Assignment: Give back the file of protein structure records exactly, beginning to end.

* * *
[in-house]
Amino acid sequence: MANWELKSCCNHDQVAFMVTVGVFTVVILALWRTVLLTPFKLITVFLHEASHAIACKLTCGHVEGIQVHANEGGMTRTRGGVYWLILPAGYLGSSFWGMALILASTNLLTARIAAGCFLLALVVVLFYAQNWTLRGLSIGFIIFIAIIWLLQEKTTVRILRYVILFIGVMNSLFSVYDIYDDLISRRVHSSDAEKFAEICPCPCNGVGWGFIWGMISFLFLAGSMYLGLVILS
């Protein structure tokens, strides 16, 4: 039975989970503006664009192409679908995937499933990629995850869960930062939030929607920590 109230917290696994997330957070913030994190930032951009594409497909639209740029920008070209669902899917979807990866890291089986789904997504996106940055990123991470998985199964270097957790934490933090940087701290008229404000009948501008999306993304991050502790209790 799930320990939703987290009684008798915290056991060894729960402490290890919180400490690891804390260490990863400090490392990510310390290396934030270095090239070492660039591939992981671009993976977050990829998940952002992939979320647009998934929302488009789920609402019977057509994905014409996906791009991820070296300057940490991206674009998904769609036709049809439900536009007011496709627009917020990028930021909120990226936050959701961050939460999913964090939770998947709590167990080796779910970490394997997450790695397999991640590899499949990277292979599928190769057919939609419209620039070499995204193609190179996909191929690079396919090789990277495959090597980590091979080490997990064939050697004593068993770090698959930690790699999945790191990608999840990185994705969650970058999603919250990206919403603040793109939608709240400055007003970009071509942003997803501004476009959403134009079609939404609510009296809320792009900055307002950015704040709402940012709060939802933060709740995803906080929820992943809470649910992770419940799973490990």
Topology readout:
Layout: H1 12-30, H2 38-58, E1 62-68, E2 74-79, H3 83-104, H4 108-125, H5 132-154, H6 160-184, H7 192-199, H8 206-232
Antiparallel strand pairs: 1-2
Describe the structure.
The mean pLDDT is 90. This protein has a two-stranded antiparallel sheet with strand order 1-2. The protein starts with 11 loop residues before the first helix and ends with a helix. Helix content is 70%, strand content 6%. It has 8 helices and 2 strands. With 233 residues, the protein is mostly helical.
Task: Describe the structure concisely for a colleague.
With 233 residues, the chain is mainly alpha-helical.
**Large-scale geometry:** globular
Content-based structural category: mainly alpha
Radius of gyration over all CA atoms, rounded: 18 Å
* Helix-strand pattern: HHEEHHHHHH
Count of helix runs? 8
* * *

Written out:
[in-house]
Amino acid sequence: MANWELKSCCNHDQVAFMVTVGVFTVVILALWRTVLLTPFKLITVFLHEASHAIACKLTCGHVEGIQVHANEGGMTRTRGGVYWLILPAGYLGSSFWGMALILASTNLLTARIAAGCFLLALVVVLFYAQNWTLRGLSIGFIIFIAIIWLLQEKTTVRILRYVILFIGVMNSLFSVYDIYDDLISRRVHSSDAEKFAEICPCPCNGVGWGFIWGMISFLFLAGSMYLGLVILS
């Protein structure tokens, strides 16, 4: 039975989970503006664009192409679908995937499933990629995850869960930062939030929607920590 109230917290696994997330957070913030994190930032951009594409497909639209740029920008070209669902899917979807990866890291089986789904997504996106940055990123991470998985199964270097957790934490933090940087701290008229404000009948501008999306993304991050502790209790 799930320990939703987290009684008798915290056991060894729960402490290890919180400490690891804390260490990863400090490392990510310390290396934030270095090239070492660039591939992981671009993976977050990829998940952002992939979320647009998934929302488009789920609402019977057509994905014409996906791009991820070296300057940490991206674009998904769609036709049809439900536009007011496709627009917020990028930021909120990226936050959701961050939460999913964090939770998947709590167990080796779910970490394997997450790695397999991640590899499949990277292979599928190769057919939609419209620039070499995204193609190179996909191929690079396919090789990277495959090597980590091979080490997990064939050697004593068993770090698959930690790699999945790191990608999840990185994705969650970058999603919250990206919403603040793109939608709240400055007003970009071509942003997803501004476009959403134009079609939404609510009296809320792009900055307002950015704040709402940012709060939802933060709740995803906080929820992943809470649910992770419940799973490990």
Topology readout:
Layout: H1 12-30, H2 38-58, E1 62-68, E2 74-79, H3 83-104, H4 108-125, H5 132-154, H6 160-184, H7 192-199, H8 206-232
Antiparallel strand pairs: 1-2
Describe the structure.
The mean pLDDT is 90. This protein has a two-stranded antiparallel sheet with strand order 1-2. The protein starts with 11 loop residues before the first helix and ends with a helix. Helix content is 70%, strand content 6%. It has 8 helices and 2 strands. With 233 residues, the protein is mostly helical.
Task: Describe the structure concisely for a colleague.
With 233 residues, the chain is mainly alpha-helical.
**Large-scale geometry:** globular
Content-based structural category: mainly alpha
Radius of gyration over all CA atoms, rounded: 18 Å
* Helix-strand pattern: HHEEHHHHHH
Count of helix runs? 8